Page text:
In the two years before I first uttered my shahada, I came to fancy myself as a fine writer, although my only real talent was to have the patience to hammer out a million words on a keyboard in the middle of the night for months on end. I had two self-printed novels to show for my efforts, which I shared with friends and family, accidentally revealing my woeful illiteracy.
When I became Muslim, I initially shunned my investment in creative writing, for I feared that the act of fictional storytelling would impact negatively on my efforts to cleanse my heart and soul. Yet over the months and years that followed I would periodically return to this hobby, convincing myself that I could put my supposed abilities to the service of my deen. Over the next few years a number of new works would be born, sometimes competing for my time, but mostly languishing on my computer.
Five years after that blessed day which opened up this new world to me, I would shun my writing once more, this time taking steps to finalise it by physically destroying my work. It was part of my repentance; the embodiment of my mission to overcome the darkness of my soul. Weeks later I would regret my hasty actions, lamenting the loss of a novel I had invested so much in. I procured a piece of data recovery software, restored whatever I could from the hidden depths of my computer’s hard disk, and spent the rest of the decade deriding my puritanical rage. Indeed, five years after my decision to eradicate the last vestiges of my novel, I made the opposite decision to revisit it and ultimately publish it. I thought I was ready to embrace a piece of my being from my days before faith.
And so it was that at the beginning of this year, I finally set it free, releasing it into the wilds. I published it as a brick of a paperback and as an eBook, momentarily confident of its prospects. It survived out there for two months before I had a change of heart. Now, as with everything I write, I cannot bear to read it back to myself. I have shunned it once more, writing off my time spent editing it as a lesson learned and my financial investment as cutting my losses. Now I look back on that day in 2003 when I sought to destroy the work for good, no longer with that derision of mine; instead I tell myself that it was probably the right decision. I had a chance a decade ago to escape the darkness of my soul, but I was not prepared back then to commit to the hard road ahead.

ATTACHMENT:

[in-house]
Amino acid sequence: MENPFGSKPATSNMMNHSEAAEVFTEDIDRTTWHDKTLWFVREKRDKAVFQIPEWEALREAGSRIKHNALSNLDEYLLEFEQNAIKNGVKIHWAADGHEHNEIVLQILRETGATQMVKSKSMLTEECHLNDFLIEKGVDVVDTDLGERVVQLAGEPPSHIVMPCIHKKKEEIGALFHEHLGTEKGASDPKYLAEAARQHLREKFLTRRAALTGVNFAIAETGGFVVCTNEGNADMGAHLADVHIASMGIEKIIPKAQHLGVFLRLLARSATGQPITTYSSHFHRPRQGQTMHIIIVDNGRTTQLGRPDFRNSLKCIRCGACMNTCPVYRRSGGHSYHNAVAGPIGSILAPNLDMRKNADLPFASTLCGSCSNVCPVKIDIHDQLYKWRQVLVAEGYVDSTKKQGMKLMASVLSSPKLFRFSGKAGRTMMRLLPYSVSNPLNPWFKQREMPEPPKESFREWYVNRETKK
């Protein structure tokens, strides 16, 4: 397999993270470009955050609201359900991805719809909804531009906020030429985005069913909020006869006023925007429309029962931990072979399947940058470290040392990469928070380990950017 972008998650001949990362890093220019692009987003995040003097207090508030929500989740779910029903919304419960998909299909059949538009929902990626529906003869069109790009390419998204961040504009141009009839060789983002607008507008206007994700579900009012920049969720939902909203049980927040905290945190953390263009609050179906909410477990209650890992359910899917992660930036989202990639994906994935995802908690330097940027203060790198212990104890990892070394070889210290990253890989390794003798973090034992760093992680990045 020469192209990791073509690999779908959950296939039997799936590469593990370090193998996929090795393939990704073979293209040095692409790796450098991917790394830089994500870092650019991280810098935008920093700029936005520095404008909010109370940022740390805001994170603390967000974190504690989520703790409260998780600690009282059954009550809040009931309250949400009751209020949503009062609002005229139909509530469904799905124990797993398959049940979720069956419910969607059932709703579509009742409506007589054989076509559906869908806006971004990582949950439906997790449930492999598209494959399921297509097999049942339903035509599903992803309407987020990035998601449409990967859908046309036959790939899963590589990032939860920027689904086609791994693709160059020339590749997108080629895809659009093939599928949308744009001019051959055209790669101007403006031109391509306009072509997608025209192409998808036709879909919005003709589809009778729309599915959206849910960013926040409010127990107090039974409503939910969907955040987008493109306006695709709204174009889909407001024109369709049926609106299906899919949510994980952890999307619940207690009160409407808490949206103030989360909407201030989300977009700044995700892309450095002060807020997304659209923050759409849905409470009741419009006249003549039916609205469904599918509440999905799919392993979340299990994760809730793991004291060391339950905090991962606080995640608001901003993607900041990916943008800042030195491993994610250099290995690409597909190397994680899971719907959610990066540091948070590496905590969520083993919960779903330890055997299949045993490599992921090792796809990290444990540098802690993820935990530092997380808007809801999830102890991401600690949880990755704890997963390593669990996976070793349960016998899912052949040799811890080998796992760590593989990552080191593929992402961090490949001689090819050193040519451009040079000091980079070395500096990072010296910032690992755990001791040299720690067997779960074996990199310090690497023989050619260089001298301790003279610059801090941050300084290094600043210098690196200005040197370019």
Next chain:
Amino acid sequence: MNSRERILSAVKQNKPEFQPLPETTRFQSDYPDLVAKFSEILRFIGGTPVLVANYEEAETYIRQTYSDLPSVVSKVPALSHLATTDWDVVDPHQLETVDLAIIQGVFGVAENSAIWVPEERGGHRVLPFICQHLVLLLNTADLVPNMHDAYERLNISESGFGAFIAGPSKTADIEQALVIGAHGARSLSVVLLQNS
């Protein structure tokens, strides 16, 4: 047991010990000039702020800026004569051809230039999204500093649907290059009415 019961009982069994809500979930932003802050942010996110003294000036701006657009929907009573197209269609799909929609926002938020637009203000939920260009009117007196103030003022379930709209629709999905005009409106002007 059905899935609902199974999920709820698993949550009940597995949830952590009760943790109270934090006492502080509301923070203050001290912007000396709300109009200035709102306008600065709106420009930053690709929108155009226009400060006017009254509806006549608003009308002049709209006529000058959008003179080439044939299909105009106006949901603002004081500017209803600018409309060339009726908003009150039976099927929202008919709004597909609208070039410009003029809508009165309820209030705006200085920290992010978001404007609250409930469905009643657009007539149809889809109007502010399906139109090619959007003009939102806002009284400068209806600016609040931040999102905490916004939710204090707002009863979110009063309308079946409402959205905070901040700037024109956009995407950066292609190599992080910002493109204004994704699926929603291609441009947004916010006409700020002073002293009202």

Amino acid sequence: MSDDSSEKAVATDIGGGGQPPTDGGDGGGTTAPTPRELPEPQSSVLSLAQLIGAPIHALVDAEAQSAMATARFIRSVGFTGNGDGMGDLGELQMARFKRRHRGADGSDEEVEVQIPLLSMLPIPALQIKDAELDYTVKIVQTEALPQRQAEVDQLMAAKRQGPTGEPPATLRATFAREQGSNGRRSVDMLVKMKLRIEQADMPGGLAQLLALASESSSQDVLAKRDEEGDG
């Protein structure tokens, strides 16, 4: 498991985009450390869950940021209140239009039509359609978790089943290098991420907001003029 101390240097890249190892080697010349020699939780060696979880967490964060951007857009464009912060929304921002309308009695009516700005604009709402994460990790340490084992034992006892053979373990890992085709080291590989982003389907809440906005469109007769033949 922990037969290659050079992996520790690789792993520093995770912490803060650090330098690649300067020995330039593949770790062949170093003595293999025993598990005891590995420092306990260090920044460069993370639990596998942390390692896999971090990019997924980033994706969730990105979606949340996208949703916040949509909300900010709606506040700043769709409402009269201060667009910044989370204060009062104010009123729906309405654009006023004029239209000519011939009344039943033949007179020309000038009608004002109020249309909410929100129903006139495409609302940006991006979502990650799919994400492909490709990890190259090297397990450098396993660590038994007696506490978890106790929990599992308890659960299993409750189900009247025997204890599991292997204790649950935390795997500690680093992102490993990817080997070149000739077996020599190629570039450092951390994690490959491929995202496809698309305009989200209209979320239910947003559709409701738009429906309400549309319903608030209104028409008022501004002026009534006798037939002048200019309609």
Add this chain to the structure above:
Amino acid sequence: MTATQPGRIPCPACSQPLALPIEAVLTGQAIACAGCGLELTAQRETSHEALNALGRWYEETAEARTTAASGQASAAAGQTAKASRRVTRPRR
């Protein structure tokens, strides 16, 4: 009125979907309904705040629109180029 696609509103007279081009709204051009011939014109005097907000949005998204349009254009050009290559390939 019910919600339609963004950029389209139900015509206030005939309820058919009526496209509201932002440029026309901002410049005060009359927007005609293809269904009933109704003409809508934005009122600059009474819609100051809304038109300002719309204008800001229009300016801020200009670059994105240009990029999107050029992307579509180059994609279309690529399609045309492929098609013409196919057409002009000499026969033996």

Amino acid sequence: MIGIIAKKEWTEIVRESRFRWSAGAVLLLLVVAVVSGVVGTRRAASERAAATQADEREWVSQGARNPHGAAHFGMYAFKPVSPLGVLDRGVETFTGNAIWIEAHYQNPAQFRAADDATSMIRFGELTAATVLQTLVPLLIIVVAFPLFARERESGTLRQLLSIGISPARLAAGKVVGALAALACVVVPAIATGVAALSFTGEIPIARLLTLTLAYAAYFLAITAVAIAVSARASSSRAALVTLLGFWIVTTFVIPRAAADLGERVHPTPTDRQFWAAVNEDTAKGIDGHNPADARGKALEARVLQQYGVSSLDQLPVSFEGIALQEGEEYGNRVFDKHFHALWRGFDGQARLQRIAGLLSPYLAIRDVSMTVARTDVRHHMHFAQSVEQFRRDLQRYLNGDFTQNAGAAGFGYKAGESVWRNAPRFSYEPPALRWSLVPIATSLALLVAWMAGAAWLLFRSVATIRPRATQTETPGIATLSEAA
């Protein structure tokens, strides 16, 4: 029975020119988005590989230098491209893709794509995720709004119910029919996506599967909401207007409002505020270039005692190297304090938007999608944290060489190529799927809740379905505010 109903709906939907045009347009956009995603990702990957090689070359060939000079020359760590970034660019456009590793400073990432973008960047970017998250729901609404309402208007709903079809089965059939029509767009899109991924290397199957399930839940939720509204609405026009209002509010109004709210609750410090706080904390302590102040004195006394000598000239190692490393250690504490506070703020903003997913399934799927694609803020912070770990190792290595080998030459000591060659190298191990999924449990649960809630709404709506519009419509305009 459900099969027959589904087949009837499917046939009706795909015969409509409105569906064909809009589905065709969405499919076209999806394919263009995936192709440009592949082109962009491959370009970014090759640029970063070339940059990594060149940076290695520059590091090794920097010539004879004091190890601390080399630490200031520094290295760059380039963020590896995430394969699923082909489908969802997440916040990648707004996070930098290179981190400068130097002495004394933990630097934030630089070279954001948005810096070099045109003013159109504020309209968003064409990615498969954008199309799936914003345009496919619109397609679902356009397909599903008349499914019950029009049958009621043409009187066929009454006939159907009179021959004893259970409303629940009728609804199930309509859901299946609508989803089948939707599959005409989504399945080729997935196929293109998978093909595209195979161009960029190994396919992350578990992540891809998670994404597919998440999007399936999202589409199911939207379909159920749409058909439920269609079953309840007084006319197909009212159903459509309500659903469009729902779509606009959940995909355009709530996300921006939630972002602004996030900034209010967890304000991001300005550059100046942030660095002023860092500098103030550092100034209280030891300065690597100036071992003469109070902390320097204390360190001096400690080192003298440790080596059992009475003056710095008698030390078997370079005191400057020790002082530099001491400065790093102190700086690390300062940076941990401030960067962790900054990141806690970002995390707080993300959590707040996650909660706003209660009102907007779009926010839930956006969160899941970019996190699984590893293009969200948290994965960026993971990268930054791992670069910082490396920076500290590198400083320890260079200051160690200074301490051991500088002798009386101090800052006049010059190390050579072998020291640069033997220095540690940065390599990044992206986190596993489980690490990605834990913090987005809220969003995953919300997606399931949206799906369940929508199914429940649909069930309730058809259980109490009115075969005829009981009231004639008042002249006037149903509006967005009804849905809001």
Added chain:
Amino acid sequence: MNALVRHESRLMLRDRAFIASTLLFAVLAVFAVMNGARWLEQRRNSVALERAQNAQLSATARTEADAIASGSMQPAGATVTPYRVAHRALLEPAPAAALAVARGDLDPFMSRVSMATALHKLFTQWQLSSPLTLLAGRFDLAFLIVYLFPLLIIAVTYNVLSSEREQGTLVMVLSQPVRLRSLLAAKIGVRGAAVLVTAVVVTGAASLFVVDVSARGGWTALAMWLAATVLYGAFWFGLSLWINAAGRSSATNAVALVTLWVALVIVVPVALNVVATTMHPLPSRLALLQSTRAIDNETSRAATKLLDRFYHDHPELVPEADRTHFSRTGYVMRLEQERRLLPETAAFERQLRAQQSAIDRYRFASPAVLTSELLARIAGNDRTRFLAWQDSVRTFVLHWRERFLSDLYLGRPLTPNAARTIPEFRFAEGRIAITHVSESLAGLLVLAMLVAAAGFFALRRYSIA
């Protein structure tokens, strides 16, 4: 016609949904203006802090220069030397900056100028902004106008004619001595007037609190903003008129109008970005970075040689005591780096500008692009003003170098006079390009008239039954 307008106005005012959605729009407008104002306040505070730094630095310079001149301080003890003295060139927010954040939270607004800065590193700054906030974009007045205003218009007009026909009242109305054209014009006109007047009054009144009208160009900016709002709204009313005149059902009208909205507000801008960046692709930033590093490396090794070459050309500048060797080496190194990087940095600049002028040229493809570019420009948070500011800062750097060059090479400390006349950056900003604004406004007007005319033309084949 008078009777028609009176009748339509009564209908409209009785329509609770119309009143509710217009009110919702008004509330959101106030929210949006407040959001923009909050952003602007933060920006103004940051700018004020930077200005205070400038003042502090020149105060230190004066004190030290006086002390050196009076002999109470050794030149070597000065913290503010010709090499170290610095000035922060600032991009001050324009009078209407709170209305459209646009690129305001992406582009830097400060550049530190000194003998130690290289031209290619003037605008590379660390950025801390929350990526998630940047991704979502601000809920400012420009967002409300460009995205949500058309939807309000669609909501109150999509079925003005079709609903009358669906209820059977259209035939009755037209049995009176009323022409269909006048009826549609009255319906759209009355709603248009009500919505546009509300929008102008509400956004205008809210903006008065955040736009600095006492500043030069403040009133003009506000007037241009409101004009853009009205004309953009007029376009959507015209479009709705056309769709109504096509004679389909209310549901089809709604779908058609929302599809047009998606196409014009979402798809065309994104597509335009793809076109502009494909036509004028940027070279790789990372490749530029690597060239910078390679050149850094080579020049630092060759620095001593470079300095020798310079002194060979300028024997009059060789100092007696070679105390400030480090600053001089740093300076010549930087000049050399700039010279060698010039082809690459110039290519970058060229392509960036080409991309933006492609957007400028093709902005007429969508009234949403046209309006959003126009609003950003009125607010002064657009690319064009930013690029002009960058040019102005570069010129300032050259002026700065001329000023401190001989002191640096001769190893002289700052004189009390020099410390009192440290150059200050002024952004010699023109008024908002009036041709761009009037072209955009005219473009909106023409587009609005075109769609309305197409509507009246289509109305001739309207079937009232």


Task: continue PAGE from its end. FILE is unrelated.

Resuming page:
Now I stand at the same juncture once more, having that same conversation within: whether to purify my soul of all that holds it back, or to try to reconcile my darkness to my light. I am in a better place to succeed today, perhaps, in that I have a better understanding of the world of the writer: that most writers are never read, that most writers expend an incredible effort that is never rewarded, that for the most part it is a waste of time and energy. A decade ago I probably believed that I was an excellent writer, destined to succeed. Today I recognise that I am a mediocre writer, possessor of mixed reviews, some quite positive, but most very negative indeed. To give up writing against such a backdrop no longer seems a hideous, insurmountable sacrifice; rather, it feels like the right thing to do.
True, I lament the unfinished drafts on my computer. I lament that they may never see the light of day. But now I ask myself another question: will I really be questioned on that Awesome Day about those stories I decided not to set free, or about the obligations and prohibitions of our deen? Only a small part of me yearns to write fiction now. Mostly I have resigned to turning my back on that world, for the redemption of my soul. This time around it is less puritanical rage than resignation. The time has come to conquer the darkness of my soul.